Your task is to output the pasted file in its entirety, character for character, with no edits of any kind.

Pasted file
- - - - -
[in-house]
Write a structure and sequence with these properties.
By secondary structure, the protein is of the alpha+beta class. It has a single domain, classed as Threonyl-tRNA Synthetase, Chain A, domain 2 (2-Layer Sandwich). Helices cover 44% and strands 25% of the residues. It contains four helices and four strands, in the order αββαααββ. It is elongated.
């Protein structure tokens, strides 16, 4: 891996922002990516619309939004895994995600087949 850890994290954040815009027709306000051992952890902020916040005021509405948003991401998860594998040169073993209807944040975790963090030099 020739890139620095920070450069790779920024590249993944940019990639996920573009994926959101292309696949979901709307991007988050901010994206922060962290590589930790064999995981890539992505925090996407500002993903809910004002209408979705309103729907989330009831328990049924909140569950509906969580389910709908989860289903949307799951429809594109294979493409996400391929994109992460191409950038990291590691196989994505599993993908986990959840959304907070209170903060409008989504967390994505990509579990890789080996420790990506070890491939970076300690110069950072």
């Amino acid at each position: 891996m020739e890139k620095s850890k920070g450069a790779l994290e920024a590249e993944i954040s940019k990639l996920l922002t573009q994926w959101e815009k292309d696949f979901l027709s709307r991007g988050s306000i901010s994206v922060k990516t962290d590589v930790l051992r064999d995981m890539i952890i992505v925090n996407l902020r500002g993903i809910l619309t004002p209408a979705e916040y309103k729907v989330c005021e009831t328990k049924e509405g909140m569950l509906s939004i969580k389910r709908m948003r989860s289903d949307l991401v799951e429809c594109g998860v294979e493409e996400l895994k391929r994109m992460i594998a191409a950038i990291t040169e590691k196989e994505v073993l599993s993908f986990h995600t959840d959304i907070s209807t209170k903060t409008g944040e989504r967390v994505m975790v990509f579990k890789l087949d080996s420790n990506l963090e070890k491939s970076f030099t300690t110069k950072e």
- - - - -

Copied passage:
[in-house]
Write a structure and sequence with these properties.
By secondary structure, the protein is of the alpha+beta class. It has a single domain, classed as Threonyl-tRNA Synthetase, Chain A, domain 2 (2-Layer Sandwich). Helices cover 44% and strands 25% of the residues. It contains four helices and four strands, in the order αββαααββ. It is elongated.
């Protein structure tokens, strides 16, 4: 891996922002990516619309939004895994995600087949 850890994290954040815009027709306000051992952890902020916040005021509405948003991401998860594998040169073993209807944040975790963090030099 020739890139620095920070450069790779920024590249993944940019990639996920573009994926959101292309696949979901709307991007988050901010994206922060962290590589930790064999995981890539992505925090996407500002993903809910004002209408979705309103729907989330009831328990049924909140569950509906969580389910709908989860289903949307799951429809594109294979493409996400391929994109992460191409950038990291590691196989994505599993993908986990959840959304907070209170903060409008989504967390994505990509579990890789080996420790990506070890491939970076300690110069950072």
């Amino acid at each position: 891996m020739e890139k620095s850890k920070g450069a790779l994290e920024a590249e993944i954040s940019k990639l996920l922002t573009q994926w959101e815009k292309d696949f979901l027709s709307r991007g988050s306000i901010s994206v922060k990516t962290d590589v930790l051992r064999d995981m890539i952890i992505v925090n996407l902020r500002g993903i809910l619309t004002p209408a979705e916040y309103k729907v989330c005021e009831t328990k049924e509405g909140m569950l509906s939004i969580k389910r709908m948003r989860s289903d949307l991401v799951e429809c594109g998860v294979e493409e996400l895994k391929r994109m992460i594998a191409a950038i990291t040169e590691k196989e994505v073993l599993s993908f986990h995600t959840d959304i907070s209807t209170k903060t409008g944040e989504r967390v994505m975790v990509f579990k890789l087949d080996s420790n990506l963090e070890k491939s970076f030099t300690t110069k950072e």